Business Law & Compliance

Published

UK startup claims Nokia is acting “like a corporate bully” due to trademark allegations

3 Mins

Lowdown app allows users to tell friends they’ve arrived by pressing a “HERE” button – something that Nokia believes will confuse the public given their own HERE range. It seems that the button was stylised in somewhat the same way as well.

In a public statement, Nokia wrote: “The company has been using the HERE brand in relation to location-based apps and services since 2012. Its use by Lowdown for an app which offers location-based services risks confusing customers and impacting on our brand, so we’ve asked them to use something else.”

In a 104 page letter to the company, Nokia lawyers said: “Your use of the HERE sign is likely to deceive members of the relevant public such that they will believe your business is connected with or part of our client’s business, when that is not the case.

“This amounts to misrepresentation that will cause damage to our client’s goodwill in the UK and amounts to passing off.”

According to Lowdownapp CEO David Senior, it’s like a real-life David and Goliath scenario. He’s also accused Nokia of acting “like a corporate bully”.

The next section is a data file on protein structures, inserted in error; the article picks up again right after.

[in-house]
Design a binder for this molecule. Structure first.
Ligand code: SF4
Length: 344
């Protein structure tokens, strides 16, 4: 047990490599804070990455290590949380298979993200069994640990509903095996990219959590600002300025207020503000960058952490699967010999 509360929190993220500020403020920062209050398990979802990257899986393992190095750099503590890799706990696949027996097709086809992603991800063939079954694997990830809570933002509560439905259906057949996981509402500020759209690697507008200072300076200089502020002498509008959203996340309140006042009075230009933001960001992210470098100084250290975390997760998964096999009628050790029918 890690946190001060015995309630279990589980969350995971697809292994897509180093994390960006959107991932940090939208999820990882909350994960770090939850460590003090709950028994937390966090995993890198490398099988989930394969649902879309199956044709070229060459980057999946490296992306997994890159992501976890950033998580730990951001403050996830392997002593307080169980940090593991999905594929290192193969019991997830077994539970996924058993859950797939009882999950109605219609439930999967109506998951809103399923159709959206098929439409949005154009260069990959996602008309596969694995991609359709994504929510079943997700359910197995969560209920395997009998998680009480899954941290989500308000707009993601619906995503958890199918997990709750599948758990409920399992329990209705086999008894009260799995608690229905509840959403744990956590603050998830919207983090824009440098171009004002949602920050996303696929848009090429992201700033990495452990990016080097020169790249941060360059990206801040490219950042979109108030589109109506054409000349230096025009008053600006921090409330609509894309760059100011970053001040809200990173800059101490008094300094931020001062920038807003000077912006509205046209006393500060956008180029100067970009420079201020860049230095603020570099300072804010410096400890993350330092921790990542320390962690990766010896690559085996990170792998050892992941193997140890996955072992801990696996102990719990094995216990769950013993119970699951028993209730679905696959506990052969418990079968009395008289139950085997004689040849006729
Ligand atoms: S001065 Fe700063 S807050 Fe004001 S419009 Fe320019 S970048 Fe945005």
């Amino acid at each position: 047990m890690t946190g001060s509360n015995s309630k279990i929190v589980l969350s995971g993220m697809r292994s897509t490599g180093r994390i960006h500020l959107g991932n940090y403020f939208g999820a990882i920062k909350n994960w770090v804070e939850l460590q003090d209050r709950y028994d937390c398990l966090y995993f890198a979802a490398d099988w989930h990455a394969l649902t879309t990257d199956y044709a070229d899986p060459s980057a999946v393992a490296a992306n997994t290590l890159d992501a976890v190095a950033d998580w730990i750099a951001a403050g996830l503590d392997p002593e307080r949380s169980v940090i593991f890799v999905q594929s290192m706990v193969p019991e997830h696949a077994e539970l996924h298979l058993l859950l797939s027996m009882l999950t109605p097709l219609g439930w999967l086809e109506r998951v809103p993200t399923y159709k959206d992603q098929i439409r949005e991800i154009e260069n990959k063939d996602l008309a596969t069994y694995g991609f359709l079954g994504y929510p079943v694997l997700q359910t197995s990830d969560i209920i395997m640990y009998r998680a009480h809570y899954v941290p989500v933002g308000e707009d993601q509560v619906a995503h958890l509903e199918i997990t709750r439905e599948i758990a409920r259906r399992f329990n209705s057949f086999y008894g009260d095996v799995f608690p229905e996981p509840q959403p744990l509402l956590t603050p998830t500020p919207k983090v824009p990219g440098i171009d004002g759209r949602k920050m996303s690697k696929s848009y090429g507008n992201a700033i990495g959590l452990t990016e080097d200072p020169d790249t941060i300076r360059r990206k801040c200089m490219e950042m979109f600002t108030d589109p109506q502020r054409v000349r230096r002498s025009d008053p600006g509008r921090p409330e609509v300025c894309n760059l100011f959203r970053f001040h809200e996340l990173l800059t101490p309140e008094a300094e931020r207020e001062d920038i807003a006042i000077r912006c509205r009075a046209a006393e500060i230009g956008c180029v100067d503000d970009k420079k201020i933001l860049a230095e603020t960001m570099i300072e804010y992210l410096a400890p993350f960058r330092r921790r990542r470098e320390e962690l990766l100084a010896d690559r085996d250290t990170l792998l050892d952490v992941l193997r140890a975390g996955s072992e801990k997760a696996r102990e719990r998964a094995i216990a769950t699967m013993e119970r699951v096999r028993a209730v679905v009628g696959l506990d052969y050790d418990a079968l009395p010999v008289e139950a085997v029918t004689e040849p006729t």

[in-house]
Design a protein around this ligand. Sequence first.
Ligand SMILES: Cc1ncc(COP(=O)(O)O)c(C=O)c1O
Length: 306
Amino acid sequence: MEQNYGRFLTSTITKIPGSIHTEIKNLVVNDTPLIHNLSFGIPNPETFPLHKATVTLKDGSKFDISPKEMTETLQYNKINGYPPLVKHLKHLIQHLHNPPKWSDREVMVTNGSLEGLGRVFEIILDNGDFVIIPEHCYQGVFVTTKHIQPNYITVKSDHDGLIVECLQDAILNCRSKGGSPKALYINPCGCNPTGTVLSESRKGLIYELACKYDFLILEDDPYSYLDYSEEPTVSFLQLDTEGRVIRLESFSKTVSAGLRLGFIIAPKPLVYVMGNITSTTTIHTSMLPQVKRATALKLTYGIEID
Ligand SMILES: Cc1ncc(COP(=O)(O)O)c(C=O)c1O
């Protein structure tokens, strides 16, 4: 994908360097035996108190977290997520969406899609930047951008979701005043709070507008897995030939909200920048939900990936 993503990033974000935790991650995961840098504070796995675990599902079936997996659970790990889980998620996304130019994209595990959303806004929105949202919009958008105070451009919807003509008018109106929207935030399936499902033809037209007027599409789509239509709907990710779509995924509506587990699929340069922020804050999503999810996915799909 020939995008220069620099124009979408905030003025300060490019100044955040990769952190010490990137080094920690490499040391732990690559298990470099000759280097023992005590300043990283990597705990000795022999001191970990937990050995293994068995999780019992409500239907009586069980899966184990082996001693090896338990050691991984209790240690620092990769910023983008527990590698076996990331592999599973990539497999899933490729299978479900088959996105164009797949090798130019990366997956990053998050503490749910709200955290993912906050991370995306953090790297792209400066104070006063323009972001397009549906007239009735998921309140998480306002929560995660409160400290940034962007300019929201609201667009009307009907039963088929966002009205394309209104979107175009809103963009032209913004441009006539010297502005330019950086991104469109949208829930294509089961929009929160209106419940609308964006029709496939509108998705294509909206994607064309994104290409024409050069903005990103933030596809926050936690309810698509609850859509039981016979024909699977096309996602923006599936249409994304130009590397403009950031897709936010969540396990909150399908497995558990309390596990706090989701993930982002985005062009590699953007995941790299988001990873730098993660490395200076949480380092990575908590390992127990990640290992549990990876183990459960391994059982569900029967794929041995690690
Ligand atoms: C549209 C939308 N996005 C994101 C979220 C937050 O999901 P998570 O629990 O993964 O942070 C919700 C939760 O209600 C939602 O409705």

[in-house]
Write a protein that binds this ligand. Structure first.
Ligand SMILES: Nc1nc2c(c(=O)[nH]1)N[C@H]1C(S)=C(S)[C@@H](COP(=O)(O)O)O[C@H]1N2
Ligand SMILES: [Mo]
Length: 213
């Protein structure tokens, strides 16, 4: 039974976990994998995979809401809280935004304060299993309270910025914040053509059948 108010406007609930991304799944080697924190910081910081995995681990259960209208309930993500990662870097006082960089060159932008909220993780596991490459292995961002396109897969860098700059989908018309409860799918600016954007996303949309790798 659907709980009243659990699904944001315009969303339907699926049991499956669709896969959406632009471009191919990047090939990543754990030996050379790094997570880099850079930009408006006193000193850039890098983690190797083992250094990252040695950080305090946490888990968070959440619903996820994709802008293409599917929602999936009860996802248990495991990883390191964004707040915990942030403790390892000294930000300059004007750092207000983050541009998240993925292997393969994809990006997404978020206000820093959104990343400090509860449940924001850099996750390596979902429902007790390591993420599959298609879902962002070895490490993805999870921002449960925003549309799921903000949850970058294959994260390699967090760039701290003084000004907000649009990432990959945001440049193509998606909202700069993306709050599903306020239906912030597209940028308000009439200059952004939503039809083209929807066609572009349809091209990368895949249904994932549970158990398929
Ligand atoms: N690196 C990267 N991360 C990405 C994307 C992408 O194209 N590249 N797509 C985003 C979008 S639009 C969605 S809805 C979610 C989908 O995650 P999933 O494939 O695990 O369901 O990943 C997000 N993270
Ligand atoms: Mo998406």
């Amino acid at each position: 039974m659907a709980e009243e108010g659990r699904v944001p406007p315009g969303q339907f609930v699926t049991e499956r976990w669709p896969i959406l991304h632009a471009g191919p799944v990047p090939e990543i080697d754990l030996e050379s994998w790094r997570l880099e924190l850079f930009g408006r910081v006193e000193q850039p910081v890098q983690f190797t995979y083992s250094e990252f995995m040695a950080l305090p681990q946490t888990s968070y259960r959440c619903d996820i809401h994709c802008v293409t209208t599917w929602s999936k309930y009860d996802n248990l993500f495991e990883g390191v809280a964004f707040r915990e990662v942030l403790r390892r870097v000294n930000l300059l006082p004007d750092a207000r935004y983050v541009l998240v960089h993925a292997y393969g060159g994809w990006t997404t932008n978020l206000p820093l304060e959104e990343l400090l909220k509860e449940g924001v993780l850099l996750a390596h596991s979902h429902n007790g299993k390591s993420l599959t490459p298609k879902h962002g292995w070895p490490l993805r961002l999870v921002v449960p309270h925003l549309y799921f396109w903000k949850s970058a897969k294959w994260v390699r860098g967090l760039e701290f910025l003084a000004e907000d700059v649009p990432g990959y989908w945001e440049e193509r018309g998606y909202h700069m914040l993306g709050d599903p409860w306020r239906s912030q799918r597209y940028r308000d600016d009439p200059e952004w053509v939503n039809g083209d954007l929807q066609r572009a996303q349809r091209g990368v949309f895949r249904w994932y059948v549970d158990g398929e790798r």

Read about more trademark battles:

Nokia gave Lowdown an ultimatum, stating that they had up until 10 February to rebrand, something which the company suggested wasn’t much time at all.

“All they needed to do was call us up, tell us about Nokia HERE, then ask us to please change the name,” Senior said. “Why didn’t Nokia call us and negotiate with us, before sending us a 104 page letter of this level?

“It’s ludicrous – people say, ‘I’m here,’ to announce their arrival, which is why we have it as a service. As a small startup trying to deliver value to users we don’t think a multi-billion dollar company will be affected by this.

“Life is hard enough without Goliath’s squashing Davids – maybe they should focus on creating a better mapping service than Google or Apple than squishing a minuscule business.”

However, Lowdown has agreed to rebrand and remove all mentions of HERE in the next few months. Senior explained that the company plans to call the app “This app lets people know you’ve arrived” and the HERE button will be changed to say “I AM HERE”.

“An honest mistake has been made and one will act as swiftly as possible to correct, but the level of heavy handedness is somewhat appalling when aimed at such a small and relatively young business,” a Lowdown press release said.

Image source

Share this story

Britain’s rocky relationship with Ryanair shows what kind of consumers we’ve become
Heathrow CFO, “pivotal” to airport’s success, to be replaced by British Gas FD
Send this to a friend